Defense Rests In Phil Spector Murder Retrial
Superior Court Judge Larry Paul Fidler advised Spector of his right to testify, but he chose not to take the stand in his own defense. Attorney Doron Weinberg concluded with testimony from forensic psychologist Elizabeth Loftus, an expert in memory and witness testimony. Her opinions were presented to cast doubt on the prosecution's star witness, a chauffeur who said he heard Spector say he thought he had killed somebody.
Spector, the eccentric music legend renowned for his "Wall of Sound" recording technique, is charged with second-degree murder in the death of Clarkson, who became a 1980s cult figure through her starring role in the film "Barbarian Queen."
She died of a gunshot fired into her mouth while seated in the foyer of Spector's home in 2003. The defense has contended Clarkson was suicidal and killed herself. The prosecution maintains that Spector killed her.
Loftus, a professor at the University of California, Irvine, and author of 22 books on human memory, witness testimony and repressed memory, told jurors that witness observations can be influenced by stress, lighting and time. She also said accuracy depends on whether distractions divert the person's attention.
"Memory does not work like a videotape recorder," she said, noting that individuals sometimes change their descriptions inadvertently because of information they receive after the event.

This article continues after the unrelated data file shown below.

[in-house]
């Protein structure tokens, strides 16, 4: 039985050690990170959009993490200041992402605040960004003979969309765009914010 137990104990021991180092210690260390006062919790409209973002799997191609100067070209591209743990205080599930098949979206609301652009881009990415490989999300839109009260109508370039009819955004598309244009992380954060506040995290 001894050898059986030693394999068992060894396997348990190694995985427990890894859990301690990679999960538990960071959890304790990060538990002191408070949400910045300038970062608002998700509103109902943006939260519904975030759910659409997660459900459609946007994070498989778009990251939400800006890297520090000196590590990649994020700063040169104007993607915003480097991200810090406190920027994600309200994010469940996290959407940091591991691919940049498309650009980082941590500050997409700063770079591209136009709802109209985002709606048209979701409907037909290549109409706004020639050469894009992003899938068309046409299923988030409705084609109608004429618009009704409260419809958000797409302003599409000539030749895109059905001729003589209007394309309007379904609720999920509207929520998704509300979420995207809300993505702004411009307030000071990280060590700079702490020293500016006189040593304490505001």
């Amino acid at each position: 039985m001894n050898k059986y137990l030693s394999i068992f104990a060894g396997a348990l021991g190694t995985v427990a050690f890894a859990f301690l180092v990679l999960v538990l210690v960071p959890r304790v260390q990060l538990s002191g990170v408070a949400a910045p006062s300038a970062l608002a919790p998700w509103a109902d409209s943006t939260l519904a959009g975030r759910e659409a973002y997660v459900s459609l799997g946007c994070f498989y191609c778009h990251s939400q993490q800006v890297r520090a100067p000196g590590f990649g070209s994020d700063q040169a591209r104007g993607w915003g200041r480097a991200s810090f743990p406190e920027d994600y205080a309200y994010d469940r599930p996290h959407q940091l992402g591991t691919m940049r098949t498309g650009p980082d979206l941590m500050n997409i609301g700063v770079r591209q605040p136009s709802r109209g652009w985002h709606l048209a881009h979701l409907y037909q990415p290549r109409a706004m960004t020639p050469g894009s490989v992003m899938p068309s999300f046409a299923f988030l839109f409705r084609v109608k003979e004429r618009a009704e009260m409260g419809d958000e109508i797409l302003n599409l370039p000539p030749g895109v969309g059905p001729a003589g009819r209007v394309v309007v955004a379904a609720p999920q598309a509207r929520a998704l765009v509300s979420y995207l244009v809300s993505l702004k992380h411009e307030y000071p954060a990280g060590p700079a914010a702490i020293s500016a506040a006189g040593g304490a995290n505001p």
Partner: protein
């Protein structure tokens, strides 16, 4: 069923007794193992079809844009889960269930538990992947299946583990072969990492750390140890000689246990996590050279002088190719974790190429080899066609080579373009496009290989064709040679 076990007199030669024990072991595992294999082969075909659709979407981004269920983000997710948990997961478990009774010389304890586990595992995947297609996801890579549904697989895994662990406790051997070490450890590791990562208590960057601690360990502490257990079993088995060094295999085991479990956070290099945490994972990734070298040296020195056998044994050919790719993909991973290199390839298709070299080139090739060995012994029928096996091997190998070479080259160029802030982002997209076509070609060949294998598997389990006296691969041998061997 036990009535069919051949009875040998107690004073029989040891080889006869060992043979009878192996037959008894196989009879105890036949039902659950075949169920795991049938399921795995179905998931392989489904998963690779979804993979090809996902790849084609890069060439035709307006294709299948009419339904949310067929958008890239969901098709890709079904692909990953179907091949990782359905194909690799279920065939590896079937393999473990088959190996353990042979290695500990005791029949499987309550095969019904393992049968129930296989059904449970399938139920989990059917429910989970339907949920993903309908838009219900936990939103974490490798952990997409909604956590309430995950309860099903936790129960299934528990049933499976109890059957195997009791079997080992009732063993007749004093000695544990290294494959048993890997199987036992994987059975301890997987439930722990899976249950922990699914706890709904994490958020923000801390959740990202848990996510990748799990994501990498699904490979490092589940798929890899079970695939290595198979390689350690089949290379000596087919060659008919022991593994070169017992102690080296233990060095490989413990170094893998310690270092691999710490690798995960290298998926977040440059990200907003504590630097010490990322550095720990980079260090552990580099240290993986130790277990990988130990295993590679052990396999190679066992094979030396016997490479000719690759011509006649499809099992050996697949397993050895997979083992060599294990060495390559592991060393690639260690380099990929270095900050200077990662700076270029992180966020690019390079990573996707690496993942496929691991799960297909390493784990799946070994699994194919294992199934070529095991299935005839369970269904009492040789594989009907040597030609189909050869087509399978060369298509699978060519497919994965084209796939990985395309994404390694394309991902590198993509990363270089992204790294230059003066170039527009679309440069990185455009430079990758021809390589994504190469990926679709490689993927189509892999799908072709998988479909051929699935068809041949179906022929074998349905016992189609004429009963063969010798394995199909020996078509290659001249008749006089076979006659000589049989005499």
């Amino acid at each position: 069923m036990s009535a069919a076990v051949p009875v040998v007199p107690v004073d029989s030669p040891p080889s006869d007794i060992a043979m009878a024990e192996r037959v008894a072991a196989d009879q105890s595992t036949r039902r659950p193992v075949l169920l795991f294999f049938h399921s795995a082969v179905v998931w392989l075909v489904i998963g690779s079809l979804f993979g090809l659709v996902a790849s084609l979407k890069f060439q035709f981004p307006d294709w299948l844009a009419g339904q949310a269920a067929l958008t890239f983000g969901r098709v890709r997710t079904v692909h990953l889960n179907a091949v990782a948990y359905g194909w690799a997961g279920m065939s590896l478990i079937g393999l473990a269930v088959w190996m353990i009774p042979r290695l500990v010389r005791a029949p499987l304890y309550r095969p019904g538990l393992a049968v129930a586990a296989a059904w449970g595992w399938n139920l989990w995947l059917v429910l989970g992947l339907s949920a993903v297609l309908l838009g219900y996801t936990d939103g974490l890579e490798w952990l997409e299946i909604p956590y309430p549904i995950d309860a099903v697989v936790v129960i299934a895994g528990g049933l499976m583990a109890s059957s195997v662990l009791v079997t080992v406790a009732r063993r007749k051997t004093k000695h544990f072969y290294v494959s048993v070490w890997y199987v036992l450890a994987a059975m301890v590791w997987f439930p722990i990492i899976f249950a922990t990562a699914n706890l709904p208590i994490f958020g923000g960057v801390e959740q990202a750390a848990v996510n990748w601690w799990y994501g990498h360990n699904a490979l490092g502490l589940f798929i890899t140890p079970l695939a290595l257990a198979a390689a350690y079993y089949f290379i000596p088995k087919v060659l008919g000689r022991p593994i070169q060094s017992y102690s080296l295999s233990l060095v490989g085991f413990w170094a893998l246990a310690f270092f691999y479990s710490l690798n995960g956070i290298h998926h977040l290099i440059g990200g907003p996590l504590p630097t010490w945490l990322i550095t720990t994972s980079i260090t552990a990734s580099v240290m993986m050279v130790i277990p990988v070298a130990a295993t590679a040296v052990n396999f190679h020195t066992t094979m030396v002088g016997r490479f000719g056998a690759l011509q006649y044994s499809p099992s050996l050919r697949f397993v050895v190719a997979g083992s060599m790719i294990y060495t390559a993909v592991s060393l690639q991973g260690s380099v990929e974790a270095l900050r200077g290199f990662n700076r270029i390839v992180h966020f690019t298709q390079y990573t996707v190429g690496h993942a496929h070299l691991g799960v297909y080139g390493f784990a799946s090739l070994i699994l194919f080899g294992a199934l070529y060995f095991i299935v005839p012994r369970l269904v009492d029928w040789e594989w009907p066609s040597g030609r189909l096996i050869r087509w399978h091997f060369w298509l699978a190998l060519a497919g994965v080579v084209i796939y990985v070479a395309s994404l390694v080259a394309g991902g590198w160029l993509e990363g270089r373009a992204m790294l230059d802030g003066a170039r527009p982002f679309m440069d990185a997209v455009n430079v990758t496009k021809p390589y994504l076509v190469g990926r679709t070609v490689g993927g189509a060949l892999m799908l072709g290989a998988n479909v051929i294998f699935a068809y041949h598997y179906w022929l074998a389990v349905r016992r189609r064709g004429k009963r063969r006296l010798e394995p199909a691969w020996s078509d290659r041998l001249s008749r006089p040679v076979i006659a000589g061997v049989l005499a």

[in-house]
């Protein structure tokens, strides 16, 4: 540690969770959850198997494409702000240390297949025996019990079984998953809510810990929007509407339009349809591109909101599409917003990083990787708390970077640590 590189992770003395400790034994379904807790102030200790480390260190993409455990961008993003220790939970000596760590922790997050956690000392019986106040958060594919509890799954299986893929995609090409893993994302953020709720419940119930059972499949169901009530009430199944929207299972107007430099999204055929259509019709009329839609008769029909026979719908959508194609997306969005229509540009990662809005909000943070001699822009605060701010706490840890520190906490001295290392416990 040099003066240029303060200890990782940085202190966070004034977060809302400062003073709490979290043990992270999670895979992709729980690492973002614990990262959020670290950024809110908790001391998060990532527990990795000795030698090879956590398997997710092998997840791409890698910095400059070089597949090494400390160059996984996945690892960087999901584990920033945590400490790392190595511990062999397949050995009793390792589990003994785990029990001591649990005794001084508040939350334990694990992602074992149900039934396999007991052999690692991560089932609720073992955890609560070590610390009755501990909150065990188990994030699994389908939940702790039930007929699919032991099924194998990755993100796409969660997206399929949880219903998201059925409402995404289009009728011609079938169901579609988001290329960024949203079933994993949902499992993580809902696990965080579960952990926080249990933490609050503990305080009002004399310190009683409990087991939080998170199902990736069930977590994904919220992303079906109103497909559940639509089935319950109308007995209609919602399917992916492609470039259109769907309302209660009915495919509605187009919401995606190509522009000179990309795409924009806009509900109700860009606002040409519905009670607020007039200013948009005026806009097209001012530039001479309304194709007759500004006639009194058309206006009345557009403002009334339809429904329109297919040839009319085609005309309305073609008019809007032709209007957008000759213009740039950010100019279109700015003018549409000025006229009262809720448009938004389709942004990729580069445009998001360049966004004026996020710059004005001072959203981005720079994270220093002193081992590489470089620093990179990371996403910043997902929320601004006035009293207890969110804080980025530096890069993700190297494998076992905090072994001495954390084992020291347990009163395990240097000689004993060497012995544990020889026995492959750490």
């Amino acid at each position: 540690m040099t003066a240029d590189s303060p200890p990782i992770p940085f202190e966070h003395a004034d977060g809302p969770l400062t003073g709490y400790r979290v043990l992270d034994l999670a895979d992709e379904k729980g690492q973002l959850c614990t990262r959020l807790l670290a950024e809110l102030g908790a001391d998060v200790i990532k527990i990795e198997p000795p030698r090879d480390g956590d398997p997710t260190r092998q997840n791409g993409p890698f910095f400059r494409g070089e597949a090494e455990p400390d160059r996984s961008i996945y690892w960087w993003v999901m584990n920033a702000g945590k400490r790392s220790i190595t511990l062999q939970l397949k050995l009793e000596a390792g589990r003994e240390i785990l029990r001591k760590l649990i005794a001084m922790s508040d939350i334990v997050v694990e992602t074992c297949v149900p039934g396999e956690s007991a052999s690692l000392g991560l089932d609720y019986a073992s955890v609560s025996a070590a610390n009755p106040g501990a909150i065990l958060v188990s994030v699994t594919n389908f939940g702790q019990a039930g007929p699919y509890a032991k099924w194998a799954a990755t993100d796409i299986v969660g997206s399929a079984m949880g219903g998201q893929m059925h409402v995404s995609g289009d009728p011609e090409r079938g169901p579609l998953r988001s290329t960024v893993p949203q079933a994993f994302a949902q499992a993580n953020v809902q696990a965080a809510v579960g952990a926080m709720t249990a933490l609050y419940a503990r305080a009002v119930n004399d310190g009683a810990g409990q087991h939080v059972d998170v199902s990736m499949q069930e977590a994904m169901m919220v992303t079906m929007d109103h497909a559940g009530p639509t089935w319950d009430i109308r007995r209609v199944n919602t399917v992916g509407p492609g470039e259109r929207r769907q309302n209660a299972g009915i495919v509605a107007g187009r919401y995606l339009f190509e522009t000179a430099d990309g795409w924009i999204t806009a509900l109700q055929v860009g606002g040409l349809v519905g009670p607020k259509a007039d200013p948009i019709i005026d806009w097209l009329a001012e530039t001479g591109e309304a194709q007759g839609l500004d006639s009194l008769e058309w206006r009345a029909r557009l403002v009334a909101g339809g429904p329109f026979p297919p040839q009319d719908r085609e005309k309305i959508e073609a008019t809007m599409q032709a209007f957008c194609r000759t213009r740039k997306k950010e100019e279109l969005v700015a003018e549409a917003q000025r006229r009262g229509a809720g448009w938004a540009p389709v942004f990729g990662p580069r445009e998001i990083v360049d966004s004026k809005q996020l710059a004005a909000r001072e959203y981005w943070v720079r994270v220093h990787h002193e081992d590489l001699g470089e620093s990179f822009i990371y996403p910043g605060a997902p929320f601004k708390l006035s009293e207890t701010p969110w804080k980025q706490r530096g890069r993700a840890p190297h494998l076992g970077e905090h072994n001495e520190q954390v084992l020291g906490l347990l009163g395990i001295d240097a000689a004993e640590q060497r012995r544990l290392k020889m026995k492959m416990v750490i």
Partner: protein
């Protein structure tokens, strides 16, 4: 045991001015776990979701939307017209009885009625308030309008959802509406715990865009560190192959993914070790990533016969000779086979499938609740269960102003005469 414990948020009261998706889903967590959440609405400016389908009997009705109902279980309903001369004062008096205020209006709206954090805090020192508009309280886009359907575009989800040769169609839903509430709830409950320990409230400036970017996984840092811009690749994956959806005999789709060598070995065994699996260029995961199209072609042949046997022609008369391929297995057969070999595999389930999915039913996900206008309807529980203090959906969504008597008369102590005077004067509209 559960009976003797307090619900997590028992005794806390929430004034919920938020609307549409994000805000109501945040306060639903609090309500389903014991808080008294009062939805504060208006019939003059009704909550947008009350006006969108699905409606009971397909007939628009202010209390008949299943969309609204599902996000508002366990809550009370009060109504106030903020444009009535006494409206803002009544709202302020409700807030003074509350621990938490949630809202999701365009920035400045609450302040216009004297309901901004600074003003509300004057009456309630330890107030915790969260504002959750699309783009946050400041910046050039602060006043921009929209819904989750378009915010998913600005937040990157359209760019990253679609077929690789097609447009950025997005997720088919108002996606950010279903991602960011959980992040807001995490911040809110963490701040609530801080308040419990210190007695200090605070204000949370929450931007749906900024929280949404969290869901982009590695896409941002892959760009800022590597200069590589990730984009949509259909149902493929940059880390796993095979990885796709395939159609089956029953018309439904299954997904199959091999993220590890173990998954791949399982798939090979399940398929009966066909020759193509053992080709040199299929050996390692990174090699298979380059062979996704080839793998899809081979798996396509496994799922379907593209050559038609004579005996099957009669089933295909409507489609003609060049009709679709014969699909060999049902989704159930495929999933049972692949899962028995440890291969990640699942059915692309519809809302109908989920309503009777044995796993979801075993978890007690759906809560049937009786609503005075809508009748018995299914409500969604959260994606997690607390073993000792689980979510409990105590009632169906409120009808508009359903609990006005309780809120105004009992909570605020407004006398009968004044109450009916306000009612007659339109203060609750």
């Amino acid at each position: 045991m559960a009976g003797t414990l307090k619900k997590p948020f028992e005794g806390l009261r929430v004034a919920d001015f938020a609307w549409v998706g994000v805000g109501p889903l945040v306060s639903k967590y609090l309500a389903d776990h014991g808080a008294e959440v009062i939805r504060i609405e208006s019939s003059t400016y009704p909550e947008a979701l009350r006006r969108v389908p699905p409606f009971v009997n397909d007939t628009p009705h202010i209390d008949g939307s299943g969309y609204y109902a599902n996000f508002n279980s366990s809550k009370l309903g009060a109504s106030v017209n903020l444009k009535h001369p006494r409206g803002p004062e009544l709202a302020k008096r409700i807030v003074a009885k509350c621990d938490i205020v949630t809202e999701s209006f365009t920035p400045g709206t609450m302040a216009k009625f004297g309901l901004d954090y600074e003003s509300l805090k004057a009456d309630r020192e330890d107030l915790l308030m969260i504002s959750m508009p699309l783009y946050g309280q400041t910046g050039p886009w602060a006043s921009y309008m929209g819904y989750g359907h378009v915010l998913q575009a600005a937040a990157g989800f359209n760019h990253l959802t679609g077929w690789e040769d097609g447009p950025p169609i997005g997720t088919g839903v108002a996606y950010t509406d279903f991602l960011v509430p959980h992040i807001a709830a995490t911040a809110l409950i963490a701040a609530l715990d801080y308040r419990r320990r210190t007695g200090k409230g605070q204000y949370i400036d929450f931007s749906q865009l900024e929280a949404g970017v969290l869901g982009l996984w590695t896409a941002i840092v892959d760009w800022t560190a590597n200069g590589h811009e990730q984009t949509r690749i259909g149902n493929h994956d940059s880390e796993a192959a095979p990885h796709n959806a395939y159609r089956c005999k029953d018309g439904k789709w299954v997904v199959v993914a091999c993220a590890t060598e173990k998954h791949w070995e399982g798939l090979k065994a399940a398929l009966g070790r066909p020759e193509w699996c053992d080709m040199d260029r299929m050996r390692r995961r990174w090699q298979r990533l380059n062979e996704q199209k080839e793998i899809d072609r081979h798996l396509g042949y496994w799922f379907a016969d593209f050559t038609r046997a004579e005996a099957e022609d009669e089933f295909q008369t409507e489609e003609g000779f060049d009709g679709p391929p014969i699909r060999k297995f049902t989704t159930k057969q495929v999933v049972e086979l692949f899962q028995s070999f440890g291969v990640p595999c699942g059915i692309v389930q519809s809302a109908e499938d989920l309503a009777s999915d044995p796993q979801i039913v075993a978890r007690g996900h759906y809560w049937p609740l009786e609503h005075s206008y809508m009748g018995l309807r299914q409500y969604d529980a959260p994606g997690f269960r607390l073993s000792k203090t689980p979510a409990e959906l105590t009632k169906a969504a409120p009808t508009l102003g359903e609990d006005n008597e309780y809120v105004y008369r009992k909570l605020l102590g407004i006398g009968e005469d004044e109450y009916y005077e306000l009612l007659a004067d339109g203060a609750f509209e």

During cross-examination, prosecutor Alan Jackson suggested that Loftus was "to a certain degree, a professional defense witness." She acknowledged she has rarely been asked to testify by prosecutors.
She also acknowledged that witnesses who were confident of their accounts "are slightly more likely to be right than those who aren't."
The chauffeur had expressed confidence in his observations when he testified.
After the defense rested, prosecutors began their rebuttal case. The judge told jurors that testimony in the trial would conclude next week. The retrial recessed until Monday.
In Spector's first trial, the jury deadlocked 10-2 with the majority favoring conviction. The second trial began in October.
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